A bake sale is a quintessential way the community can rally behind a good cause by spreading love and raising funds through food. It’s this ubiquitous tradition the Newborn Intensive Care Foundation (NICF) aims to capitalise on with its annual Bake for Babies initiative.
NICF was founded after Peter Cursley suffered a heartbreaking loss. Twenty-eight years ago, he lost his newborn daughter, Hanna, shortly after she was born.
Peter explains that because his wife, Susan, had suffered complications with their firstborn child, which had led to a caesarean, they opted for a home-birth to try to experience a natural birth.
“It wasn’t a good outcome as Hanna was born blue and while they did manage to revive her, during the next few days we were counselled that the electrical impulses in her brain were not as they should be,” he says. “We decided to let nature take its course and Hanna died in our arms.”
Peter says the enduring memory that stuck with both him and Susan was the support they were offered by hospital staff, particularly Dr Guan Koh who was director of the Neonatal Intensive Care Unit at Canberra Hospital at the time.
“The support he offered was astounding,” he says. “He’d even swing by our place in the weeks following just to see how we were going.”
While both Peter and Susan wanted to do something to help, it was after a conversation with Dr Koh, where he explained the needs of the Neonatal Intensive Care Unit at the time, that the idea for NICF was born.
However, the foundation wasn’t immediately established because Susan died only a year later to an undiagnosed brain tumour.
Since 1995, NICF has funded lifesaving equipment for neonatal units in hospitals around Australia, and recently expanded to regional Victoria and Hobart.
It was only after recognising how well NICF was operating in Canberra that Peter began to look to replicating the operation elsewhere.
“For me, the whole thing has been a healing process as it has helped to give a positive reason for the whole thing, and it makes me feel better to know we have been able to save a whole bunch of babies,” he says.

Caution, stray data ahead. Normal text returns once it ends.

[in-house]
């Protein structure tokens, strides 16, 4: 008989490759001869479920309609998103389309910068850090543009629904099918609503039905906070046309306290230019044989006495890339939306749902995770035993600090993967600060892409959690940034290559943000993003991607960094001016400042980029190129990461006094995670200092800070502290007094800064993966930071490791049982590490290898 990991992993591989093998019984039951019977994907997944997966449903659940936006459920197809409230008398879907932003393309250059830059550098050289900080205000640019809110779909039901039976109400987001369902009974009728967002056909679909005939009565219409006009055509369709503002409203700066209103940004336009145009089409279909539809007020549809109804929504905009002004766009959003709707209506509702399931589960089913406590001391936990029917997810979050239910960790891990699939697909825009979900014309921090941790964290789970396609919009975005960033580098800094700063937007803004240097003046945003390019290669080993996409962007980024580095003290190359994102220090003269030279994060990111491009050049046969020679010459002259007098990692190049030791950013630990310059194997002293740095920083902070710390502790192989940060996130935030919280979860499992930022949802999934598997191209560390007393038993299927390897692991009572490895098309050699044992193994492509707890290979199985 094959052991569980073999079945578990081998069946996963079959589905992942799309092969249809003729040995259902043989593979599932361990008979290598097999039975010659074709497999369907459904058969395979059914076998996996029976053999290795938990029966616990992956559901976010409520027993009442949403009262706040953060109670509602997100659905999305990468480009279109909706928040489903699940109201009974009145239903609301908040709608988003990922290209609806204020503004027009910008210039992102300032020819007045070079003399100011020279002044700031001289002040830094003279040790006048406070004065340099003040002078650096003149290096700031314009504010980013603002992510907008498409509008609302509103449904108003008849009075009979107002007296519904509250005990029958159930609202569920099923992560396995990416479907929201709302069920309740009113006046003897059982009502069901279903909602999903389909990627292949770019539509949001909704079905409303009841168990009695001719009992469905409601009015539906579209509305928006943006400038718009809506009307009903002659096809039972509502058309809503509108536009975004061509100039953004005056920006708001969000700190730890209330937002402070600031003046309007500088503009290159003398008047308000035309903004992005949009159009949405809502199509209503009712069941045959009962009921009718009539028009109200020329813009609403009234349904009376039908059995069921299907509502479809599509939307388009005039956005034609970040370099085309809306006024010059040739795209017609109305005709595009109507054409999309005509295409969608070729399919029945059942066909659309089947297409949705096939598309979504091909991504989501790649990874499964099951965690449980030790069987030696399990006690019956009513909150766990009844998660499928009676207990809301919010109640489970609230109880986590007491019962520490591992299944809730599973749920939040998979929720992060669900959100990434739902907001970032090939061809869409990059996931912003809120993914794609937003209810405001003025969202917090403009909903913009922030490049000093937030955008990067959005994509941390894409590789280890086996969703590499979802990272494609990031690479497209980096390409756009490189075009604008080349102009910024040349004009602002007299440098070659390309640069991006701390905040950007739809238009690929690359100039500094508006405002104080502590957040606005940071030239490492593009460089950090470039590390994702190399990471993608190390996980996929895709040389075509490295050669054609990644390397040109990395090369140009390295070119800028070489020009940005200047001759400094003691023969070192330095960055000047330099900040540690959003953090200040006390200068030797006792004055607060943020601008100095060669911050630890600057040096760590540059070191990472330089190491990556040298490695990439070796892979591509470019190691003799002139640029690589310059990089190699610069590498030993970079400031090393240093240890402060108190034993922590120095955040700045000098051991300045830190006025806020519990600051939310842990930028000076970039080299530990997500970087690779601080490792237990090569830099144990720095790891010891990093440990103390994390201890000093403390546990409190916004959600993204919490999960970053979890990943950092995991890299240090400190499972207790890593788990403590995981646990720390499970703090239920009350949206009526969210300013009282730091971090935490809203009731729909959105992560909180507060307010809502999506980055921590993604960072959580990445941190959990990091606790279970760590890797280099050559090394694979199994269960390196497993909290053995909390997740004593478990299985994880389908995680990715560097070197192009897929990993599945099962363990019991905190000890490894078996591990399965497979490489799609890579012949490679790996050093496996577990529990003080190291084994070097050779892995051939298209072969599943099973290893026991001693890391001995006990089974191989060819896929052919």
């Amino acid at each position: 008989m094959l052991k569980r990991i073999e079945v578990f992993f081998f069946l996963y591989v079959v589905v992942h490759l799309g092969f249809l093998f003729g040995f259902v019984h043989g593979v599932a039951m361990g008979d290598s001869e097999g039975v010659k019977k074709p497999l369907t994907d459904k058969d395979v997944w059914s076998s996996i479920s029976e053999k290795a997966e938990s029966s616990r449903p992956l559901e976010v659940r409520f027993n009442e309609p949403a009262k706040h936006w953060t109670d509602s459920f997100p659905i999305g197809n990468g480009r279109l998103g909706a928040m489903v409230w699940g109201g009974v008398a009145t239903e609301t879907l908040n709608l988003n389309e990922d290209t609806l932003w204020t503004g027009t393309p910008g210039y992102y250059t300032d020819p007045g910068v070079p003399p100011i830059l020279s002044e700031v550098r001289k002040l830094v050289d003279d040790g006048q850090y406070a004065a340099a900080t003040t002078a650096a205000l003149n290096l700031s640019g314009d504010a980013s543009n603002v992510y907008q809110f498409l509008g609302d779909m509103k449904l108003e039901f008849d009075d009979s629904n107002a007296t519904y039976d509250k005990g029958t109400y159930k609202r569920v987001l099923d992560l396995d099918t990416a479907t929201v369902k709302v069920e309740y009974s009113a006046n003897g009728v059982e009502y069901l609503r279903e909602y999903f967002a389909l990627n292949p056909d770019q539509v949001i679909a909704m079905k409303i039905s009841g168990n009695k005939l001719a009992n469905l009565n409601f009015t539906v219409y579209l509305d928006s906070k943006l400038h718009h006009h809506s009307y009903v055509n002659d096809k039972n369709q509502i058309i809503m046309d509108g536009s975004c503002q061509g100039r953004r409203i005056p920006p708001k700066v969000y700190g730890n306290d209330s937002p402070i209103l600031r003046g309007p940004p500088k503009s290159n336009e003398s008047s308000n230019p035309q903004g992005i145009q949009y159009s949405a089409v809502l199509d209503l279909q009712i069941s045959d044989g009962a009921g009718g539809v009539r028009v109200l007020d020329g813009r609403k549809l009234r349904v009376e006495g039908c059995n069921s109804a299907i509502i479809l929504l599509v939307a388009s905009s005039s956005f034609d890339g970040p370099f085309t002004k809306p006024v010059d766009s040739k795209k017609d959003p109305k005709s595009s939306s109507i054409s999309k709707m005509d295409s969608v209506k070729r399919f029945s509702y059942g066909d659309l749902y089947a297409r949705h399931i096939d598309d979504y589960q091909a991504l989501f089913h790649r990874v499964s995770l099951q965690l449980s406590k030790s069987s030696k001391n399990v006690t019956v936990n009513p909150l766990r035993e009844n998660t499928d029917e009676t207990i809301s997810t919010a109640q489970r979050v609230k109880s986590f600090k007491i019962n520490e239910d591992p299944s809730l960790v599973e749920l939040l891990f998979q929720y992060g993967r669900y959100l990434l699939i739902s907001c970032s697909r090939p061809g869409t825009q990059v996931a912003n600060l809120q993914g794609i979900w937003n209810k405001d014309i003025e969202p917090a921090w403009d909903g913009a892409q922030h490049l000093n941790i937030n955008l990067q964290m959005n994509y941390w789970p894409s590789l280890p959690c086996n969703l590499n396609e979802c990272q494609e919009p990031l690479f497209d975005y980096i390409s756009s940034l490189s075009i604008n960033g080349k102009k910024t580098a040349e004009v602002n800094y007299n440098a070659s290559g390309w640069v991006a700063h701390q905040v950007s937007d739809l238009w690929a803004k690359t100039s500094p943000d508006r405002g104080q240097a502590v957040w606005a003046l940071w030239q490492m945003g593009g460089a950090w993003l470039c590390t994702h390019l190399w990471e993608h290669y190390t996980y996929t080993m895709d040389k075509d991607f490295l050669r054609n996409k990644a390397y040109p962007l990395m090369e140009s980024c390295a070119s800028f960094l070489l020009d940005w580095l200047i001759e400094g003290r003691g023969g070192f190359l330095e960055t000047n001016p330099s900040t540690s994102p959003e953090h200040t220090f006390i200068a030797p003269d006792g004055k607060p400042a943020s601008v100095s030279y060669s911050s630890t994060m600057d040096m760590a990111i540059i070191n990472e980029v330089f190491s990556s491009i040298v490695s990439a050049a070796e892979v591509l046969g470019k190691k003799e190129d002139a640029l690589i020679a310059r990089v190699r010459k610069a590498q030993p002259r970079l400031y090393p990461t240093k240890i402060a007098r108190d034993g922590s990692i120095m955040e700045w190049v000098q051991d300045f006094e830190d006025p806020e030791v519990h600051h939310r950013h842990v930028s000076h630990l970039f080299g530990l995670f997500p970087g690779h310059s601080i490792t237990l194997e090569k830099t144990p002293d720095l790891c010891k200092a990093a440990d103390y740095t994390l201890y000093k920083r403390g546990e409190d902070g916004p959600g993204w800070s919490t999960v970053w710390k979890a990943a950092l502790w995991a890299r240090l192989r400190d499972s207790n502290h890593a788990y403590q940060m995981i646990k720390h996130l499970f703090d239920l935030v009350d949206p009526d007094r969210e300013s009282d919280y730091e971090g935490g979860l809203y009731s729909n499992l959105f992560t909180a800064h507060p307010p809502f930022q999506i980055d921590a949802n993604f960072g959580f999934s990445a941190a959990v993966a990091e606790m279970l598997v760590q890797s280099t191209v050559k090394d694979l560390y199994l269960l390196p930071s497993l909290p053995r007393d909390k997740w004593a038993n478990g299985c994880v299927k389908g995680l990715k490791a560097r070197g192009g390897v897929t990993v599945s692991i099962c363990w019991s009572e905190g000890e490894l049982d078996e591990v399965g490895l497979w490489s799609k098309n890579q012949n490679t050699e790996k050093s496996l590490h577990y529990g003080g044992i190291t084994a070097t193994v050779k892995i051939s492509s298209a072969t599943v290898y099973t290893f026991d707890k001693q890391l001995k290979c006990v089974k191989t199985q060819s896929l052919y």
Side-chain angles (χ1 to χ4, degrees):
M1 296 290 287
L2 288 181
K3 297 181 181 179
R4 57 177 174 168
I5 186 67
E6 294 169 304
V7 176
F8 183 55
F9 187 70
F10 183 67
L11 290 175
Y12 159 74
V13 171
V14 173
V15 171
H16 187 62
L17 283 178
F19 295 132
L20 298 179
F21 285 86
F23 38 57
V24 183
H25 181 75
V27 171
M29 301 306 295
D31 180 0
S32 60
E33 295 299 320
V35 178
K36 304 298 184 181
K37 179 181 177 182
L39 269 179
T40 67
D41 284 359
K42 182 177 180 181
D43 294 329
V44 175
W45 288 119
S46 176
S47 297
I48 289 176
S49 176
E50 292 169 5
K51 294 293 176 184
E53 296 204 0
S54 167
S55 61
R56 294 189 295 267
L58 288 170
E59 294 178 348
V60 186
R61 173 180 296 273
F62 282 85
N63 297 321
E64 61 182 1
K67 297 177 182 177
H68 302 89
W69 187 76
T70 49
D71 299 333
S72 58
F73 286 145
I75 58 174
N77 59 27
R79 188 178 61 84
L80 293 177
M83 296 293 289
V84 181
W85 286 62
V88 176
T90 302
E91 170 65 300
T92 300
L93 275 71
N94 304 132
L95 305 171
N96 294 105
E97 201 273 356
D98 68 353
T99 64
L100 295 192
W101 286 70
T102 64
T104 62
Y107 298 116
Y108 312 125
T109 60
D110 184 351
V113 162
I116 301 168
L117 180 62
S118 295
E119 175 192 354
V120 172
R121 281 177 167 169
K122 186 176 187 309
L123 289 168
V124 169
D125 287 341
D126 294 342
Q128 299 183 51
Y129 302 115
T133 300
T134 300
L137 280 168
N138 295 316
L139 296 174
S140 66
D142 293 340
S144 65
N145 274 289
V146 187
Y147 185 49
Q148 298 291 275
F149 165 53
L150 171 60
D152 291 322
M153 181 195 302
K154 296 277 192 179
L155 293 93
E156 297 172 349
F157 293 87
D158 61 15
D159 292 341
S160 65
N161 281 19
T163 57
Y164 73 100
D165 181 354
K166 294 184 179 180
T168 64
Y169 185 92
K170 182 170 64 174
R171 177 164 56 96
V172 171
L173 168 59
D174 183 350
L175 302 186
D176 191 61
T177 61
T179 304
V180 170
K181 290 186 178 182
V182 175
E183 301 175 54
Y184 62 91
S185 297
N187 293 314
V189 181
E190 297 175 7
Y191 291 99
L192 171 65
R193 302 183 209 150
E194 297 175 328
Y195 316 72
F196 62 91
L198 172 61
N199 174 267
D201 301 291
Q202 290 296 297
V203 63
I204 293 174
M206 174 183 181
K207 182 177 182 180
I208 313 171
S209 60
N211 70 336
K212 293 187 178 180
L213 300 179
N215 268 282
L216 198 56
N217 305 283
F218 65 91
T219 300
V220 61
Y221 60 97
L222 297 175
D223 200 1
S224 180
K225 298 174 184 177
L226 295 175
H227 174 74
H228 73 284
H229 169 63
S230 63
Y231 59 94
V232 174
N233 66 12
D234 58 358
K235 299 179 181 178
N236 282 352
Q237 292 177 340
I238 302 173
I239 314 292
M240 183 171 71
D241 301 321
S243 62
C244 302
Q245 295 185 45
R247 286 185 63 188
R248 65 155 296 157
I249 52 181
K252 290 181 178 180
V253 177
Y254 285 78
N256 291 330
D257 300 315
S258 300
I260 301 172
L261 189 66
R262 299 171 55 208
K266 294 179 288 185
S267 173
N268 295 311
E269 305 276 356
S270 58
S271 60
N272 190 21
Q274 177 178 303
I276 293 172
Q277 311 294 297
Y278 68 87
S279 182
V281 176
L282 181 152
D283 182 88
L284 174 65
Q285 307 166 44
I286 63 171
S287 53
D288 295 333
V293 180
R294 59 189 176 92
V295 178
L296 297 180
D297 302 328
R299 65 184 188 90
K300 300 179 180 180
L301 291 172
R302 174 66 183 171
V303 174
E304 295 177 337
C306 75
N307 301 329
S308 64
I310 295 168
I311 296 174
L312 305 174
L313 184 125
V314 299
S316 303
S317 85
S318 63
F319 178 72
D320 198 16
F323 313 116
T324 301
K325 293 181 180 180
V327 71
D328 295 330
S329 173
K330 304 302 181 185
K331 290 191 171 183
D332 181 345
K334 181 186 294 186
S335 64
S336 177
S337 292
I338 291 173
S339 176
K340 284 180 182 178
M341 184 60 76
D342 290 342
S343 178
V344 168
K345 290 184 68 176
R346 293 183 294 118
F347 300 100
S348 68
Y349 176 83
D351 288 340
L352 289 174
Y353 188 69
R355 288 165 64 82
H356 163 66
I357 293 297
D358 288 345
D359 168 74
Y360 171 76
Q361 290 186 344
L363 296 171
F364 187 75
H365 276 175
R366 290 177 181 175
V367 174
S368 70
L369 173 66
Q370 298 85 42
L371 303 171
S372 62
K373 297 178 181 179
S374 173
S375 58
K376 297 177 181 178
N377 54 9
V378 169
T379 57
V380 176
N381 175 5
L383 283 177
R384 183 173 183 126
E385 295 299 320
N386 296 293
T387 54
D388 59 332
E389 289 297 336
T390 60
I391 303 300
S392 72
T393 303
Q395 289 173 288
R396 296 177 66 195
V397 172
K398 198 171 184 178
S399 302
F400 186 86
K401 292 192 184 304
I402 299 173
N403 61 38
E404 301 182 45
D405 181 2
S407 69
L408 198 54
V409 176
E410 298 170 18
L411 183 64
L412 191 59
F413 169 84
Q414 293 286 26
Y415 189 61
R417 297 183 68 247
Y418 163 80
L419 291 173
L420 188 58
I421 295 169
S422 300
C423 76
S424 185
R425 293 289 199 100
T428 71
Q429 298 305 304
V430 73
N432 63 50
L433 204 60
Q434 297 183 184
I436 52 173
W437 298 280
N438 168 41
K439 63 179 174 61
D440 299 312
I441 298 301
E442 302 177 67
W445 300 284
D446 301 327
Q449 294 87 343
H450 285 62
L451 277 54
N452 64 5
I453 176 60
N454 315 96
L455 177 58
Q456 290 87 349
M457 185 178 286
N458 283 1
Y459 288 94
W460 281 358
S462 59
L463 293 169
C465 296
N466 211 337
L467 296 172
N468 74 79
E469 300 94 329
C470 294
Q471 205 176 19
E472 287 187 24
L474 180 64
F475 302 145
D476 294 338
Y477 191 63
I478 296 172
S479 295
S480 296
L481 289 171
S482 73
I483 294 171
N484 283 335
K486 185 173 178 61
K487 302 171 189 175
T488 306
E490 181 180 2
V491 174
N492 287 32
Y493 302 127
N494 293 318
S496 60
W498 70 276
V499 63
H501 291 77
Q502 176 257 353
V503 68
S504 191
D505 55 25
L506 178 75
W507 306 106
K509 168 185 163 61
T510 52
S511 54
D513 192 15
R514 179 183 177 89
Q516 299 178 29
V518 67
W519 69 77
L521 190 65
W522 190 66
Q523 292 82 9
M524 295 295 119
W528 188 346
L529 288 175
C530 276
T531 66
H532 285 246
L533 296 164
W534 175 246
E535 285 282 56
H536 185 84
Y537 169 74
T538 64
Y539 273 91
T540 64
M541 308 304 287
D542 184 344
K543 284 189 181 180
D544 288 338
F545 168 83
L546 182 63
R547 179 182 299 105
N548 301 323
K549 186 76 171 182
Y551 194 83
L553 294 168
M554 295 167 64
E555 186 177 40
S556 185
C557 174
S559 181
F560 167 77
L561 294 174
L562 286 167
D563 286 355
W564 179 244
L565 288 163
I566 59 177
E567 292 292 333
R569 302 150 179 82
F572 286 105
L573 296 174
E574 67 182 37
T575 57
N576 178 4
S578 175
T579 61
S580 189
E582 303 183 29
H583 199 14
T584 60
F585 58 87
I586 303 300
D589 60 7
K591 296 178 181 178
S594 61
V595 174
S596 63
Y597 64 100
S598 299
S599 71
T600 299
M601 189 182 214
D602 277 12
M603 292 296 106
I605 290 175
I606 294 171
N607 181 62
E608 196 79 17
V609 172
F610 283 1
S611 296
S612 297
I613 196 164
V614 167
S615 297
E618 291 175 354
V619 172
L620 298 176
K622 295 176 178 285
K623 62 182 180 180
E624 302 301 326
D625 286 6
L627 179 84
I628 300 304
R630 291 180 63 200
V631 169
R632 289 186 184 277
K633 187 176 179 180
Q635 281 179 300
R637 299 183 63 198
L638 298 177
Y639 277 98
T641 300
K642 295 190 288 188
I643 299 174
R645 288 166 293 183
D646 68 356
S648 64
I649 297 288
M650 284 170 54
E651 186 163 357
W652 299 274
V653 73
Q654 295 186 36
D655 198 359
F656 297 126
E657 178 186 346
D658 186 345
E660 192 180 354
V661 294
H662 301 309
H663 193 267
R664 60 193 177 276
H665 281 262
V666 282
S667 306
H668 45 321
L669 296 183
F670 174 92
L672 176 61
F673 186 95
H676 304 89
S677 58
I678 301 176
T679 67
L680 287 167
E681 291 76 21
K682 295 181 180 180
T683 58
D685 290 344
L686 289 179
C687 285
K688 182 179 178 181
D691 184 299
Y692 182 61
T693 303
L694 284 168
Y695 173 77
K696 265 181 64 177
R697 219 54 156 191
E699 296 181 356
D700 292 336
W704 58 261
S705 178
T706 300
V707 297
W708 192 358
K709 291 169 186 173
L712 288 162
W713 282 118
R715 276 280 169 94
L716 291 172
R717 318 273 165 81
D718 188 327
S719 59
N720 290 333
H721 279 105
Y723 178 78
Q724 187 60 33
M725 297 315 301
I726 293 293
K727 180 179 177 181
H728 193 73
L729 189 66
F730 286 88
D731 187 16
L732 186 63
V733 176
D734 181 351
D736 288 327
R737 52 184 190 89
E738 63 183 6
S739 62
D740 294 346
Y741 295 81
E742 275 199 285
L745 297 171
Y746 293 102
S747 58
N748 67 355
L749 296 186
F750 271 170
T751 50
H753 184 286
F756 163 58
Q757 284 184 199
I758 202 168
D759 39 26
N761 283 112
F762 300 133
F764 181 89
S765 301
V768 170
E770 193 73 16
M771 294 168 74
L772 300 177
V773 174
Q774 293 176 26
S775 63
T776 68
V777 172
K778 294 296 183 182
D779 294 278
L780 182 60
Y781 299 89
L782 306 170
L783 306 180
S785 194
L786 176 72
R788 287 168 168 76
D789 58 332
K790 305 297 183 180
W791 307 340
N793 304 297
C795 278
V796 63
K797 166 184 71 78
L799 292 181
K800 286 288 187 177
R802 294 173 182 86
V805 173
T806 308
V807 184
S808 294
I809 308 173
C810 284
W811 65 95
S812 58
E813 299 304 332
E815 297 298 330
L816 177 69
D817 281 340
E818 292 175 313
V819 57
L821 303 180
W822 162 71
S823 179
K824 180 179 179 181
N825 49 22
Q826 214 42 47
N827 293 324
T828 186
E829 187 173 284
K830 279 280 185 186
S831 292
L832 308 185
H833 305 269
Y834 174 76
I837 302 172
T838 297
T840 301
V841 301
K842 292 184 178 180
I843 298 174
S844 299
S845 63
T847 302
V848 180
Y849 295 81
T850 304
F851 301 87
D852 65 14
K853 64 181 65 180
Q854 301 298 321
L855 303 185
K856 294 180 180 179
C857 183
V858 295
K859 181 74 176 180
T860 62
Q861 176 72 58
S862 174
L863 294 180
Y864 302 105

“The vast majority are good news stories and I do get a tear in my eye when I hear of a happy outcome.”
It is estimated NICF has raised more than $6 million in funds which they put directly towards high-tech equipment that governments struggle to fund.
An example of the expensive equipment NICF has been responsible for introducing in Canberra is an eye laser which can help babies in humidicribs who risk the vessels in the back of their eyes bursting.
The eye laser cost around $70,000, and the last time Peter checked the figures, it had saved the sight of 22 babies, although he estimates that figure has grown.
“That’s 22 kids running around the playground who otherwise might not be able to,” he says.
Despite the initial outlay, Peter says it’s important to remember the ongoing public cost of funding guide dogs and schooling for blind children to the tax payer.
Keeping it simple has meant all donations go directly to funding equipment, rather than being spent on administrative costs.
“With Bake for Babies, I’m simply encouraging other people to bake for us, sell the product and then donate the funds to us,” says Peter.
This year, funds raised from Bake for Babies will go to equipment such as cooling blankets for babies with breathing issues, and phototherapy blankets for those born with jaundice.
Peter explains that because premature babies are at particular risk of developing further complications if they are born with jaundice, this kind of treatment is necessary.
Unlike traditional equipment, a phototherapy blanket can be wrapped around the baby while it’s in the mother’s arms being nursed, and it can go out in ambulances so treatment can begin before the baby reaches the hospital.
You can Bake for Babies for the Newborn Intensive Care Foundation between June and August this year.